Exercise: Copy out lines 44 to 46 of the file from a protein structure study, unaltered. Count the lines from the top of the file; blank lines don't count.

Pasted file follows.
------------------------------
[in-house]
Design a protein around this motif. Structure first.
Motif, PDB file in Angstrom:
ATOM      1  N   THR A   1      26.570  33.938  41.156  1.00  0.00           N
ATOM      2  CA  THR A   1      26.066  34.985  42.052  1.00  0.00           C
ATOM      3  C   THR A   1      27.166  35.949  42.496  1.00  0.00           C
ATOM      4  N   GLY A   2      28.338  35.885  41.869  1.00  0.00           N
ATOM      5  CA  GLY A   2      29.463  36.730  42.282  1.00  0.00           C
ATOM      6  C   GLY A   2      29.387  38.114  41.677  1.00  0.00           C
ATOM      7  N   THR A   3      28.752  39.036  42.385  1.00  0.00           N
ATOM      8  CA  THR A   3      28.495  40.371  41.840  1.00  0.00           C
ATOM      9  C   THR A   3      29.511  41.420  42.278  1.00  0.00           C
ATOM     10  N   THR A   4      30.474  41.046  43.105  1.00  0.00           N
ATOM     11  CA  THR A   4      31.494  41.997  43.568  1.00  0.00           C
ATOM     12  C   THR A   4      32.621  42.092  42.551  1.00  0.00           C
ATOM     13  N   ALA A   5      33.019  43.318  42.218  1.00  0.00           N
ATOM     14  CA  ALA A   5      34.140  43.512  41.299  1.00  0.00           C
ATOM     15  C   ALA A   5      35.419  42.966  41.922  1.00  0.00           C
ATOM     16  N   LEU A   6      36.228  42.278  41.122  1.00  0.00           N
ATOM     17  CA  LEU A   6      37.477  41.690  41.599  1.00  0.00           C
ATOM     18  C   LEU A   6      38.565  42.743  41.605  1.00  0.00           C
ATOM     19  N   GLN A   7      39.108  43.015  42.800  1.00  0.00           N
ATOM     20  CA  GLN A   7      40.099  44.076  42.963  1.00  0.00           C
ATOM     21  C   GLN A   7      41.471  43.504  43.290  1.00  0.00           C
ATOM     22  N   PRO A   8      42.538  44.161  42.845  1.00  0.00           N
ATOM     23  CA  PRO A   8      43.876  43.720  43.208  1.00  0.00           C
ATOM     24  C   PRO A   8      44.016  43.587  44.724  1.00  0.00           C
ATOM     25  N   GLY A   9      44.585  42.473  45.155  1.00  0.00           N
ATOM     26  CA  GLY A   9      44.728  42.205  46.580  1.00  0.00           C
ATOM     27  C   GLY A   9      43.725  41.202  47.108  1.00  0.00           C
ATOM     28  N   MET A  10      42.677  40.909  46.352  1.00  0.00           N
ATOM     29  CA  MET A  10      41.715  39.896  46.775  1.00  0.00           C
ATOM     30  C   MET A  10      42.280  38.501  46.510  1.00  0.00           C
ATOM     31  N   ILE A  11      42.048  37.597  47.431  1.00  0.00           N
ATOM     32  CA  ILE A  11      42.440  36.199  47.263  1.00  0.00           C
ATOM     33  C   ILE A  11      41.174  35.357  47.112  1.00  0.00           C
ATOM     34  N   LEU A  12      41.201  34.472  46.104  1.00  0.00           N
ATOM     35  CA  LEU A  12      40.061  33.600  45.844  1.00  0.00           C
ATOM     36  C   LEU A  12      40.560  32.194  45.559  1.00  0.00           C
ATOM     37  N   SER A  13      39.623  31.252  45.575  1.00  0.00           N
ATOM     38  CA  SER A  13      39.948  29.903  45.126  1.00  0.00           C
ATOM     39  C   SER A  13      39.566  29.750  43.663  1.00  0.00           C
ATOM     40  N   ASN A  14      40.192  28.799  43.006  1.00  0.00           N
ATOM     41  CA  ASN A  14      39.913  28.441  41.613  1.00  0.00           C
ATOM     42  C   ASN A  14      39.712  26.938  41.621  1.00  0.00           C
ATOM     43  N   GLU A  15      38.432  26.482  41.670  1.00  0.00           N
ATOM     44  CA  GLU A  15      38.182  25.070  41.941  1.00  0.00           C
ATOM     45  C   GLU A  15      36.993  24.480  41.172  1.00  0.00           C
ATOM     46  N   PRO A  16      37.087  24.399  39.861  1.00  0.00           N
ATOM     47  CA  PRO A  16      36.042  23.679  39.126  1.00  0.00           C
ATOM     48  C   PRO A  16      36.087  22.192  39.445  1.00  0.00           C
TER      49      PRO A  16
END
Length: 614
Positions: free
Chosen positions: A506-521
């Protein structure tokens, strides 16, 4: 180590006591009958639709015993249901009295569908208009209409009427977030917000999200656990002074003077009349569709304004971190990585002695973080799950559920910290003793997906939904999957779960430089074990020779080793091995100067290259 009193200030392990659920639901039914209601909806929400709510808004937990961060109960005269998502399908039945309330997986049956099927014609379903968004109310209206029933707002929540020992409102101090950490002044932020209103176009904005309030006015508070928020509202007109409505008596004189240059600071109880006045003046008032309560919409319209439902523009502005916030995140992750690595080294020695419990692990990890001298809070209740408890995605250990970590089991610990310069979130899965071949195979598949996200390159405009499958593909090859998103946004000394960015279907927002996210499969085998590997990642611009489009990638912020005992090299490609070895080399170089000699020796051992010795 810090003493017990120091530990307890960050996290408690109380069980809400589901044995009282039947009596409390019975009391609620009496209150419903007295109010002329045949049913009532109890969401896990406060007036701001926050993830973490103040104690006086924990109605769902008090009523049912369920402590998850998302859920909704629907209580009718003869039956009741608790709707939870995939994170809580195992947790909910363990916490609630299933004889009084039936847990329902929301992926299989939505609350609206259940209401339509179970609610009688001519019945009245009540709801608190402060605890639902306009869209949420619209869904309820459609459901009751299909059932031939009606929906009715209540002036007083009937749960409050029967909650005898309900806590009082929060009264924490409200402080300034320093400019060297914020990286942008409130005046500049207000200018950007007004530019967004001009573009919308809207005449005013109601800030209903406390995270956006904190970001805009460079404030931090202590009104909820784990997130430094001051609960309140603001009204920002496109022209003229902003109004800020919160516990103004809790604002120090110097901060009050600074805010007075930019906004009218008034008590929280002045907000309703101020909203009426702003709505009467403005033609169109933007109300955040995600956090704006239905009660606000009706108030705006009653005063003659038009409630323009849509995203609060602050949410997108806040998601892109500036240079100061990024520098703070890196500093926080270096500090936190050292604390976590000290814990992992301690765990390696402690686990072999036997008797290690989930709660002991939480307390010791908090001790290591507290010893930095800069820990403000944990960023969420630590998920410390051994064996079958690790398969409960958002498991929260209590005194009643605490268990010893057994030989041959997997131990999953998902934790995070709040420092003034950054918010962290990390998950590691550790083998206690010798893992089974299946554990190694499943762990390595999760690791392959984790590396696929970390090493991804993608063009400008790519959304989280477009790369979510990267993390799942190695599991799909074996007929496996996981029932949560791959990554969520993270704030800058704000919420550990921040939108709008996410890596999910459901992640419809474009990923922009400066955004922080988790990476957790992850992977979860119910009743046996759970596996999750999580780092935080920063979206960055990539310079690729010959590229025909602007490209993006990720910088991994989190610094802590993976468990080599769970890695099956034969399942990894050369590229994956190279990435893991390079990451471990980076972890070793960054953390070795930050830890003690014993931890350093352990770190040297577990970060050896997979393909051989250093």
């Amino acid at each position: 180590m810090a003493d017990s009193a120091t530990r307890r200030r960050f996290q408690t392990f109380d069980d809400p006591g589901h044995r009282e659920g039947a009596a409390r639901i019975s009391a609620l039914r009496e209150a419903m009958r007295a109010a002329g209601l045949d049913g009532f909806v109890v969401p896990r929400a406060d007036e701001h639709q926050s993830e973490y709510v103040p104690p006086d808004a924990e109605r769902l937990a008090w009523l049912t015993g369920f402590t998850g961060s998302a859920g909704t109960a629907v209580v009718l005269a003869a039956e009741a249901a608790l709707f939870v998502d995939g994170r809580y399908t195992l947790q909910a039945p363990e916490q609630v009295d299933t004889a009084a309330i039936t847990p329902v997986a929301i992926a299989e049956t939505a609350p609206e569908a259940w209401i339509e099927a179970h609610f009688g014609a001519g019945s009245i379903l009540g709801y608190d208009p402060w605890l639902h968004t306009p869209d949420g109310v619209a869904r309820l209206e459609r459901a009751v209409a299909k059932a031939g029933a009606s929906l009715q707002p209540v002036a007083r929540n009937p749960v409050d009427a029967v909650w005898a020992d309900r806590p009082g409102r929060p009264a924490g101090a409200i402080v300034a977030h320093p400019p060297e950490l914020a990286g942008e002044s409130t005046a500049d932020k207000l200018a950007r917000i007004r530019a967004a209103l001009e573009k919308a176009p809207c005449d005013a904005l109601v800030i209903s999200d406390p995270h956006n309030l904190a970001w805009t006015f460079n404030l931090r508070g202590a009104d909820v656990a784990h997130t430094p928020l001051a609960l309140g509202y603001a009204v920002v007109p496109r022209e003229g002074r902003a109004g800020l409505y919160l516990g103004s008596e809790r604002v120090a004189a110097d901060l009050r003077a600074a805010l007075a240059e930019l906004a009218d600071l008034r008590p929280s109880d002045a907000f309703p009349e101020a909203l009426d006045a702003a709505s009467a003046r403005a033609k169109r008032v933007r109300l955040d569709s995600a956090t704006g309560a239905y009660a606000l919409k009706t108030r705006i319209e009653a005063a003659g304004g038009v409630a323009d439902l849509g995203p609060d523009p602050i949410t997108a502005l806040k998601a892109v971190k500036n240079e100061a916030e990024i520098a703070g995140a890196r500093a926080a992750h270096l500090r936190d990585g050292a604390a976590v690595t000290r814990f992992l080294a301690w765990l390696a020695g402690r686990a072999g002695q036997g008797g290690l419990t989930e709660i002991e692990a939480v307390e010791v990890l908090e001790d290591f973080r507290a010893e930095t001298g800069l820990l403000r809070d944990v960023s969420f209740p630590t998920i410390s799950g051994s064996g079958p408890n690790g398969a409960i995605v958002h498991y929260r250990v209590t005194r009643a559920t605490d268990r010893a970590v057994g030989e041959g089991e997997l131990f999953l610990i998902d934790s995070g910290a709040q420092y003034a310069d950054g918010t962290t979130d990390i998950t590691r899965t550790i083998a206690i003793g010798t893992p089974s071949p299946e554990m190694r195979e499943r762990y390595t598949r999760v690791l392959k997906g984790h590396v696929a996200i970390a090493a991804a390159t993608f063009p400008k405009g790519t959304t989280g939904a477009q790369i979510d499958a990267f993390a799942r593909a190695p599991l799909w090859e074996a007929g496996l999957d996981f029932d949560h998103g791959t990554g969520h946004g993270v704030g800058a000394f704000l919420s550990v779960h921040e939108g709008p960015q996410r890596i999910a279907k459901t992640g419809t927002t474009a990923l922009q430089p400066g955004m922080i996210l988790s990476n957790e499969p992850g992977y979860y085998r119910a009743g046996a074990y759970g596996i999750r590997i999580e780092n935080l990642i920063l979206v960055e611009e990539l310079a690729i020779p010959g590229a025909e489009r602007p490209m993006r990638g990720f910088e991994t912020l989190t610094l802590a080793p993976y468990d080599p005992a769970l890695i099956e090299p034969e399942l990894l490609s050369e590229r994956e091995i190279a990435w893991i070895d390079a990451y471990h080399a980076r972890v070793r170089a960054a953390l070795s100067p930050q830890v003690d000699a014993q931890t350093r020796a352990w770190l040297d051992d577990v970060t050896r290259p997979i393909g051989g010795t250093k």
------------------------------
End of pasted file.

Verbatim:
ATOM     41  CA  ASN A  14      39.913  28.441  41.613  1.00  0.00           C
ATOM     42  C   ASN A  14      39.712  26.938  41.621  1.00  0.00           C
ATOM     43  N   GLU A  15      38.432  26.482  41.670  1.00  0.00           N